Houston - I mean... at least Tom Savage was fun while he lasted, eh? Too bad for you Houstoners, you're faced with a snap back to reality this week: Brock Osweiler makes his return to the big stage. I can't recall very many times that a playoff team has had a starting quarterback so universally regarded as a poor player. Well, not poor in terms of money, obviously. I meant the other definition. Bad is what I meant. Osweiler is a bad quarterback, and everyone seems to understand that he is a bad quarterback who is making far too much money. That was my point. He is a poor, rich quarterback.

Statistically, Osweiler lands near the bottom of most categories involving quarterback play, amongst the ranks of Blake Bortles, Ryan Fitzpatrick, and Cam Newton (fight me, Panthers fans, he was awful this year). There have been a few teams that have cycled through multiple quarterbacks this season, so the best way to analyze Mr. Rottweiler is to look at team passing offense. Houston ranks 25th in completion percentage, 27th in incompletions per game, 30th in passer rating, 28th in passing first downs per game, tied (with Cleveland and Los Angeles) for last in touchdown passes per game, and dead last in yards per completion. For reference, in just about every one of those categories, the teams ranking below or near the Texans are teams who have started multiple quarterbacks throughout the season. It's amazing that the man lasted so long as the starter.

But to be at least a little bit fair to the Rottweiler, the Texans offense has been generally bland all-around this season. Lamar Miller and Alfred Blue have been frightfully average as running backs, Will Fuller's impressive start to the season has had all of its color entirely washed out, and DeAndre Hopkins has performed a complete 180 from his standout season a year ago. Houston's offensive line has been the least gray unit on the offense (though not by much), ranking 11th in the league in sacks allowed. That's all they've got. Overall, there is very little to be excited about when it comes to the Texans' offense. It's just there.

So even despite all of the difficulties plaguing Oakland on the offensive side of the ball, I still don't really favor the Texans in very many regards. With Brock Osweiler starting, they will at least have the advantage in terms of time spent together behind one particular quarterback. But in all honesty, that's just about it.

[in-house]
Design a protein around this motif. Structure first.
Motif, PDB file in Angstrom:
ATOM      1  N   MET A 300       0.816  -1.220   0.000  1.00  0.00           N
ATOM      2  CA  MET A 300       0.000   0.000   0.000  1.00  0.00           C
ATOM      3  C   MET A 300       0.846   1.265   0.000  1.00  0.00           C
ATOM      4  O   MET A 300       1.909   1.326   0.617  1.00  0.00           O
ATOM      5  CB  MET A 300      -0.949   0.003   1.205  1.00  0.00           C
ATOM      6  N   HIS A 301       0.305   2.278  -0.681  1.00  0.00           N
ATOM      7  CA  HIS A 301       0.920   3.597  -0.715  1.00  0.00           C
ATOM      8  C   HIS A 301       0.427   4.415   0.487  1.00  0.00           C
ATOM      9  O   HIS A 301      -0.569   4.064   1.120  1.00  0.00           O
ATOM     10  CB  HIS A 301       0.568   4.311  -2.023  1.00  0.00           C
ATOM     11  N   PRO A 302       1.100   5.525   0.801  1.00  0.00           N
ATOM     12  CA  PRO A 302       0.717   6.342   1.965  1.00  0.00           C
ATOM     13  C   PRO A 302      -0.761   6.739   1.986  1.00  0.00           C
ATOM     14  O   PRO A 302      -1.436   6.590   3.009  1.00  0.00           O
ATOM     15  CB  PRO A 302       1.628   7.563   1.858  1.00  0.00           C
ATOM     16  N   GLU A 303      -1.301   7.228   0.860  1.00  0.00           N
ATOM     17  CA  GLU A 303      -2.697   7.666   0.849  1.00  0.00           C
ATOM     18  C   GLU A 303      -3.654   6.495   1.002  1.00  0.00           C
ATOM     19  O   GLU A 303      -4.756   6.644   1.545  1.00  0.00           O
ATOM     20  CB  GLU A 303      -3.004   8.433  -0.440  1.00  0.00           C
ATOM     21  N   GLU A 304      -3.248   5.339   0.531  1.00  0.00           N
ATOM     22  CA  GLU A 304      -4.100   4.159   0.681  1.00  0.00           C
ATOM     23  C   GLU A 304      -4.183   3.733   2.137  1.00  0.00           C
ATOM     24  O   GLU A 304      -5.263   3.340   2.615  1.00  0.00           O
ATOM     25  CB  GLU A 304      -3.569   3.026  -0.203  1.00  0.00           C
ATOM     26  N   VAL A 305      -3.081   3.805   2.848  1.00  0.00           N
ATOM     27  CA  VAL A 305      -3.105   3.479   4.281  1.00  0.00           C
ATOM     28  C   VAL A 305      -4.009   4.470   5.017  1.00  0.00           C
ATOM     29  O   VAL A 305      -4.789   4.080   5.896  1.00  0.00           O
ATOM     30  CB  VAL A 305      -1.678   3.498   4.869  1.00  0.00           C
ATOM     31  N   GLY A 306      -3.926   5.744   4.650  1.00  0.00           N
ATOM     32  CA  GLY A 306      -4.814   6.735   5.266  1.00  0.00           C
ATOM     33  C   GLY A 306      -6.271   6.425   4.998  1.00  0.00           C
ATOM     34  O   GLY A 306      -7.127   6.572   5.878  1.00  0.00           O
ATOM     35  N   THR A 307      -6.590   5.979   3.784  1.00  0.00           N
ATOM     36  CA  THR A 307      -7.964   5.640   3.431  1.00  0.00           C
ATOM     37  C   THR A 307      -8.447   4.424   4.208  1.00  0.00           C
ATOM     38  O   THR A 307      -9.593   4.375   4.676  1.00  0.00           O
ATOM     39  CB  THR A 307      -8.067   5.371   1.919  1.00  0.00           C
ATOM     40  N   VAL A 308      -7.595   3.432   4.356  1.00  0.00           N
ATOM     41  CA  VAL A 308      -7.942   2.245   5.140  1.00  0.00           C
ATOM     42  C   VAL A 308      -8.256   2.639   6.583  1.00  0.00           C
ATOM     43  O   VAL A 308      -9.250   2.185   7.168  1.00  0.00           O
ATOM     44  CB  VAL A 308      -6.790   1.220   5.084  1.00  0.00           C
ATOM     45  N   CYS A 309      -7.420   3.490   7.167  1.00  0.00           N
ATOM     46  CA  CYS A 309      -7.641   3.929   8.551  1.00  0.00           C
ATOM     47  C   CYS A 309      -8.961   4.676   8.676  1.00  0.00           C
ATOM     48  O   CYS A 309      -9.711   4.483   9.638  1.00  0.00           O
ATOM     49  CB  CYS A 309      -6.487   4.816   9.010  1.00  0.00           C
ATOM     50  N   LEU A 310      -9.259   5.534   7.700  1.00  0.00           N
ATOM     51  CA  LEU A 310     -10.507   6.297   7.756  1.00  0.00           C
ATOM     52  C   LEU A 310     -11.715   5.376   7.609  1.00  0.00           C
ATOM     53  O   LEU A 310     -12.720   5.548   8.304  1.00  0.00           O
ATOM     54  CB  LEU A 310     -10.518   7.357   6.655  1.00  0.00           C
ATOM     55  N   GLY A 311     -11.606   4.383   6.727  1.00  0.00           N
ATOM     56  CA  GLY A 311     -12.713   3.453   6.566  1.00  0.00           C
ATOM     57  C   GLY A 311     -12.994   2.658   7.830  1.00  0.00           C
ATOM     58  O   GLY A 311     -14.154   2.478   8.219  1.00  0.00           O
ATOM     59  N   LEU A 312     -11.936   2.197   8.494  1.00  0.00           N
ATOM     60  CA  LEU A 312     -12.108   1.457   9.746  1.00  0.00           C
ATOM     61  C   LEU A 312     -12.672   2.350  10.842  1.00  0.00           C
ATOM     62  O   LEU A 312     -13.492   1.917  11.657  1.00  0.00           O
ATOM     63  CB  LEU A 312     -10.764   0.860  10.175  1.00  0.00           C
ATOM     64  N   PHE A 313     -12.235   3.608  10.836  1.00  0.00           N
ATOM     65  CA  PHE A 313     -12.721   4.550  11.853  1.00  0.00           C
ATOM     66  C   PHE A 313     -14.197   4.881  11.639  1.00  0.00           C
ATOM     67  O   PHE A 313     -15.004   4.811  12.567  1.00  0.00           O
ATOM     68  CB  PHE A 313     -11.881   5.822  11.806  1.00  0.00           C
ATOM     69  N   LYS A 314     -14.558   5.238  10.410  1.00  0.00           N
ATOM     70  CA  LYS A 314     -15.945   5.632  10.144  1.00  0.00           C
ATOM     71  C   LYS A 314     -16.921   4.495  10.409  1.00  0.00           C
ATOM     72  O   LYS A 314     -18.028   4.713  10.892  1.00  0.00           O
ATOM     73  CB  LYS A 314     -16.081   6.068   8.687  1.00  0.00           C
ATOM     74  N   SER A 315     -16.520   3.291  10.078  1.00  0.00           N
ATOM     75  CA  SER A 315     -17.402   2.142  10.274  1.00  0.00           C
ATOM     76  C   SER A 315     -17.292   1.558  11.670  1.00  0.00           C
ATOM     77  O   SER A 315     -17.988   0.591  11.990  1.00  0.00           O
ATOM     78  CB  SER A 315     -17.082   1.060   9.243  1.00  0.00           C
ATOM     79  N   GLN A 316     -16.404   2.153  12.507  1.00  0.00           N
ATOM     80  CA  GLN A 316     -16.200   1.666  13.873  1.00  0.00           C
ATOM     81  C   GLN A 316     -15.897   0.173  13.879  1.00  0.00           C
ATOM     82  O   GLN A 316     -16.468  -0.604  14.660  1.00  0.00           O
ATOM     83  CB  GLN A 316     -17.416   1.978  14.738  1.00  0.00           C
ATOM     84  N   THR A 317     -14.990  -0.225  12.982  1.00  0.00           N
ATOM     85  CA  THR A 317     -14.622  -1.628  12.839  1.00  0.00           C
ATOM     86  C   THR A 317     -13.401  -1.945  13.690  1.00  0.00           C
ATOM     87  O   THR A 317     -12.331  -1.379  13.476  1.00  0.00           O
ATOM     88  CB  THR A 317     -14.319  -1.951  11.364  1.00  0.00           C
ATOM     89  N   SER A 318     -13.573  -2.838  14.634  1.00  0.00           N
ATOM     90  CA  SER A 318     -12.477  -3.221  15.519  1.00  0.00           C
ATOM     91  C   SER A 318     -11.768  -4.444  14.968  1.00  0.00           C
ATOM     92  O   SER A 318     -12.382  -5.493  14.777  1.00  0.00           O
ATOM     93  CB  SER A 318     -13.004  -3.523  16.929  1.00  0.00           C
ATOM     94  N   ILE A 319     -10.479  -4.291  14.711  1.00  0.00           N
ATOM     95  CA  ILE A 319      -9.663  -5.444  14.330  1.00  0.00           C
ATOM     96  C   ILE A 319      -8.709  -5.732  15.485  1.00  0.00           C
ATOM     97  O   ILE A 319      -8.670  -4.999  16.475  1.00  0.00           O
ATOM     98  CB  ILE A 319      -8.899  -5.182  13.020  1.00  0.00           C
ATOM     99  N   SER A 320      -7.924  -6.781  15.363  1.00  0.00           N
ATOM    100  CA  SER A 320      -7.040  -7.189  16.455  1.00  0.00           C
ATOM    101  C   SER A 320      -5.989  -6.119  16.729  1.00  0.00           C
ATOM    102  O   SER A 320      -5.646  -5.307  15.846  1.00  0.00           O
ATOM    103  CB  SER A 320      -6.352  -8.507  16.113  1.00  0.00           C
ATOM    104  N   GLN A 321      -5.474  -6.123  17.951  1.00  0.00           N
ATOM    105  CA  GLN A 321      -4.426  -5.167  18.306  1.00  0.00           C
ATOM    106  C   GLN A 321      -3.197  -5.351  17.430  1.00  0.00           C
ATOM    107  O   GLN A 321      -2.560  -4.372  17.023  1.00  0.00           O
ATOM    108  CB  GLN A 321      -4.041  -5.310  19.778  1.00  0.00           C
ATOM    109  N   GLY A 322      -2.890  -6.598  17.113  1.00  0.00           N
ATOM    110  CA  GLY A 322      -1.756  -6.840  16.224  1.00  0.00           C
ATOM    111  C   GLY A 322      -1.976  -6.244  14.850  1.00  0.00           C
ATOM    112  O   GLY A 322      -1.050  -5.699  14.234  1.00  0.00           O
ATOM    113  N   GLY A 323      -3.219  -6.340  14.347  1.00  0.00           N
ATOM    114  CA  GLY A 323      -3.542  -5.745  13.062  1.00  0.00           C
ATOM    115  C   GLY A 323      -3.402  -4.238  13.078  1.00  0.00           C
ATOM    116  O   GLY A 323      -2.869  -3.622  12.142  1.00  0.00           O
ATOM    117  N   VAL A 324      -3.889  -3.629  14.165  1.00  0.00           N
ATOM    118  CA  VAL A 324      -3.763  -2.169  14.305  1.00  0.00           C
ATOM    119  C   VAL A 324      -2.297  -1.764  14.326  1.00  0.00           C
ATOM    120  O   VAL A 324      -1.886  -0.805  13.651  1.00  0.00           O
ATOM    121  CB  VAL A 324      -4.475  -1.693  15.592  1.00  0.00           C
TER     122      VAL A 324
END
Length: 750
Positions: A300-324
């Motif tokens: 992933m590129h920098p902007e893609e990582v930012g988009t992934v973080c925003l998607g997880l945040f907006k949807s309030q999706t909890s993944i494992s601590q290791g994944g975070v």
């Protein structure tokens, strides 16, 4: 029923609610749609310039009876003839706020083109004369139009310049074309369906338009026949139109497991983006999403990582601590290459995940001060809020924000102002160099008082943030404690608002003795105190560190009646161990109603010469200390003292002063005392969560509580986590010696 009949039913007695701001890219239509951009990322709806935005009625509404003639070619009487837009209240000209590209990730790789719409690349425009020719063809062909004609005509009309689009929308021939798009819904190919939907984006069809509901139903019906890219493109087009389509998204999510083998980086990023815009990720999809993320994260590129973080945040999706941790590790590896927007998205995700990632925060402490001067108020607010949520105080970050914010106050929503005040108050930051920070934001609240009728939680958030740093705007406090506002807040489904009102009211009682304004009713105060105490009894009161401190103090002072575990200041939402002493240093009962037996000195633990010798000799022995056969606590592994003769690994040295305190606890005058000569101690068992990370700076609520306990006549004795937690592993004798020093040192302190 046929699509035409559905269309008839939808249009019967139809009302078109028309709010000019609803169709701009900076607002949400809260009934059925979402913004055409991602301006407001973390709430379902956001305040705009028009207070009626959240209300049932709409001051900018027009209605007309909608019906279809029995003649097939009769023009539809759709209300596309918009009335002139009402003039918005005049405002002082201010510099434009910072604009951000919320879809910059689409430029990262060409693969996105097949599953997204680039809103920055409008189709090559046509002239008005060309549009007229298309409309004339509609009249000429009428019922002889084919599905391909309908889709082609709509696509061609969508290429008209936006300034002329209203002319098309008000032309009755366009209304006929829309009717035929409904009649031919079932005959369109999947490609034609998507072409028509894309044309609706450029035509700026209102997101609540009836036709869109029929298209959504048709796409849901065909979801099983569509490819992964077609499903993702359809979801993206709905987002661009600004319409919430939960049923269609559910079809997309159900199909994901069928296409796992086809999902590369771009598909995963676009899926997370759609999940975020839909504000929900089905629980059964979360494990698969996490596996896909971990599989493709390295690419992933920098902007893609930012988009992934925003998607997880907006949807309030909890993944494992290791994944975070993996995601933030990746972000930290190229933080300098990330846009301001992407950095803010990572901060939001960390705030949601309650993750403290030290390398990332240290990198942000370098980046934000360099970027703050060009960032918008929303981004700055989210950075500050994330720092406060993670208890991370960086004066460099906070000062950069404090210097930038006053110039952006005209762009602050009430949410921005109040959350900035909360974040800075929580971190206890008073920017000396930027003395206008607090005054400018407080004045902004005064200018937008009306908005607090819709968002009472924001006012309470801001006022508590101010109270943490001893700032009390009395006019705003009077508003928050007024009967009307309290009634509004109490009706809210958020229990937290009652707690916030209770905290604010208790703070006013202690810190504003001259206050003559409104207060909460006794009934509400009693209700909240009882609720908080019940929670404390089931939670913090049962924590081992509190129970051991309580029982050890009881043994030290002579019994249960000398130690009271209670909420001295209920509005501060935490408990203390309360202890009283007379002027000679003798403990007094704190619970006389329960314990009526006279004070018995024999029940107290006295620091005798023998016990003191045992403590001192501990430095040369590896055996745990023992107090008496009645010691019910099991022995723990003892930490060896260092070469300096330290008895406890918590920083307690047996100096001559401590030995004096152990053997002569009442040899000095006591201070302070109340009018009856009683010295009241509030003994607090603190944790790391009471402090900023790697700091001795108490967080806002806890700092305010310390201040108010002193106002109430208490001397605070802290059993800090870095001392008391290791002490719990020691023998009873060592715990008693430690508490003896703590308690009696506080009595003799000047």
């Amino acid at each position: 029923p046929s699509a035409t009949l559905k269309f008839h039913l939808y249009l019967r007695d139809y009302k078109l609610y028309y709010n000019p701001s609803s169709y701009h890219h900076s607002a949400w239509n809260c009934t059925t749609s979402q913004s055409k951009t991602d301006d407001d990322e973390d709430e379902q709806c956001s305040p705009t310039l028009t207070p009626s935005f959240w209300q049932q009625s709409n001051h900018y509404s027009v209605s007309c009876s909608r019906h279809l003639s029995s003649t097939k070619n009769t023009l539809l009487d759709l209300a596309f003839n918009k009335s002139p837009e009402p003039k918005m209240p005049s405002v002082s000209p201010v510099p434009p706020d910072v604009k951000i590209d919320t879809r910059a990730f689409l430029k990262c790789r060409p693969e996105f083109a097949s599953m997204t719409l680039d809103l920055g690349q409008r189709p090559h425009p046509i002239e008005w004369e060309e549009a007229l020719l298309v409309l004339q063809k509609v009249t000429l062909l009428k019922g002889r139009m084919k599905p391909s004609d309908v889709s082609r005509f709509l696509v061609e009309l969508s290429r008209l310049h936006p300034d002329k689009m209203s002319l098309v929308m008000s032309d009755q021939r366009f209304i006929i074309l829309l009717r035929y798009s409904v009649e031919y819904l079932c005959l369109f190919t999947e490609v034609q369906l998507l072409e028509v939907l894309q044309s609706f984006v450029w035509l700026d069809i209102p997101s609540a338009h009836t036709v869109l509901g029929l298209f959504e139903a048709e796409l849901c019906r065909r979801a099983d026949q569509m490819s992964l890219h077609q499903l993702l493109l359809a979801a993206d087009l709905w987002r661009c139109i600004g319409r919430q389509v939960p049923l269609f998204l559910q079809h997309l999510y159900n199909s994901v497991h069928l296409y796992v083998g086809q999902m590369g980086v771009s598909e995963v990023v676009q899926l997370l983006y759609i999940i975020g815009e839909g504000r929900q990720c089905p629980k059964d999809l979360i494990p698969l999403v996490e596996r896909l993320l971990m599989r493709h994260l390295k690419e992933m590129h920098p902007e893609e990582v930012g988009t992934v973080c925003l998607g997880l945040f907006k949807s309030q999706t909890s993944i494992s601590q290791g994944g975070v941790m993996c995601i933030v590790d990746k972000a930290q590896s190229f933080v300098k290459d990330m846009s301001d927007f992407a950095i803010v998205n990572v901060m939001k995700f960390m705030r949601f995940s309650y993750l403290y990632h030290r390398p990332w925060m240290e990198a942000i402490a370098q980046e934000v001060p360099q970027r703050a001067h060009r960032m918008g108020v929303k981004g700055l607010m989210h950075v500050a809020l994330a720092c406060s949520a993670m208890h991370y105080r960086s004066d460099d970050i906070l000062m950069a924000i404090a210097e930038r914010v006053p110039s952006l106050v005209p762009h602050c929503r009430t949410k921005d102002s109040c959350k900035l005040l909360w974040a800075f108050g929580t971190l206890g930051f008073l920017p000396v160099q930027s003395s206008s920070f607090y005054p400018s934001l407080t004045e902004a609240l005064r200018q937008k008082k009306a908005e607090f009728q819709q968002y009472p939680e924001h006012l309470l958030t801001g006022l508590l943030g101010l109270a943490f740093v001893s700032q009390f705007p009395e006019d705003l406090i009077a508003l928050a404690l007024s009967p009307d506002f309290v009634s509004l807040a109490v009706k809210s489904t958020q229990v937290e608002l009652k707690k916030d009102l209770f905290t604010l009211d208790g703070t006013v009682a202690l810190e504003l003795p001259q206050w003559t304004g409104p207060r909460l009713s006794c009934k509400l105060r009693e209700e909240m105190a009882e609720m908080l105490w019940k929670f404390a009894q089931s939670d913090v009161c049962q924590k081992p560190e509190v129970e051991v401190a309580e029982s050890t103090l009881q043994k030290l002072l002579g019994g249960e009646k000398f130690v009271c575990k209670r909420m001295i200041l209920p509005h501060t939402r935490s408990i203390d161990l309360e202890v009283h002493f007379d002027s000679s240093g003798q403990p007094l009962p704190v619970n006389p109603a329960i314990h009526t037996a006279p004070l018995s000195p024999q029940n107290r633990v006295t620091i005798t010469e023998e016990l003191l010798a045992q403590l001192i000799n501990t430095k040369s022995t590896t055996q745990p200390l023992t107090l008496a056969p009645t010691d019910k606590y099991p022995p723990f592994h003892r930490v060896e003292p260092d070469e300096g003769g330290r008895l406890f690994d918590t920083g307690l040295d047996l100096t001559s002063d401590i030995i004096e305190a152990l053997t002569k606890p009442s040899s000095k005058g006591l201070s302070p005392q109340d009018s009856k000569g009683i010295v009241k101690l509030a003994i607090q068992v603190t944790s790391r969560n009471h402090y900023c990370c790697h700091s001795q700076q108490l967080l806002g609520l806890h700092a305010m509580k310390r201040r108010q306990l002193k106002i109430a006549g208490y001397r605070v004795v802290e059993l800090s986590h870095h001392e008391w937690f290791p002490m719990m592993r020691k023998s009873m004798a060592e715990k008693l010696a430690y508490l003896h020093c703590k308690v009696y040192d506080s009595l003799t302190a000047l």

Advantages: Plenty of play-time with Osweiler under their belt
Weaknesses: Plenty of play-time from Osweiler upcoming


DEFENSE

Oakland - Here is where things get a bit more interesting. The Raiders began the season with one of the league's worst defenses. Given that Coach Del Rio is a former defensive coordinator, for the Denver Broncos no less, it was surprising to see such struggles coming from that particular side of the ball. But in the second half of the season, largely on the back of Khalil Mack, Oakland's defense started to find itself. The Raiders now rank 2nd in the league in takeaways, as well as 7th in third down conversions allowed. A lot of the successes of the Oakland defense are difficult to see, only because they have just been coming to fruition recently, and because most of those successes have come late in the game.

The big question is this: do the Oakland Raiders have a good defense? This is a much more complex question than one might think. When it comes to passing defense, the Raiders are 7th in completion percentage, which seems good. But in contrast, they also rank 24th in passing yards allowed, and dead last in yards per completion. So do the Raiders have a good secondary? It depends how you interpret the word "good," but in most interpretations, the answer is no. How about the front seven? Even worse, as it turns out. Oakland ranks anywhere from middle of the pack to mediocre in every major rushing defense category, as well as dead last in sacks.

The Raiders really do have about a one-and-a-half man defense. Khalil Mack, all by himself, accounts for just under half of his team's sacks and nearly a third of the team's tackles for loss. Add in Bruce Irvin, and the pair make up 72% of the Raiders' sacks and about half of the tackles for loss. The efforts of Mack and Irvin have been the only thing keeping Oakland's defense in balance as it gives up huge play after huge play. Gods forbid that anything might happen to either of these men, because this team will find itself in some deep sewage without them.

The Raiders certainly have an upper-hand in terms of star power up front, but not much of anywhere else.

Advantages: Khalil Mack, Bruce Irvin, takeaways
Weaknesses: Vulnerable to big plays and slow starts

Houston - Perhaps I haven't been paying as much attention to the Texans this season as I should have been, but it seems as though nobody talks about their defense with quite as much adulation as they should. With the average record that Houston has boasted this season, it only makes sense that the bad offense has been balanced out by a top-level defense.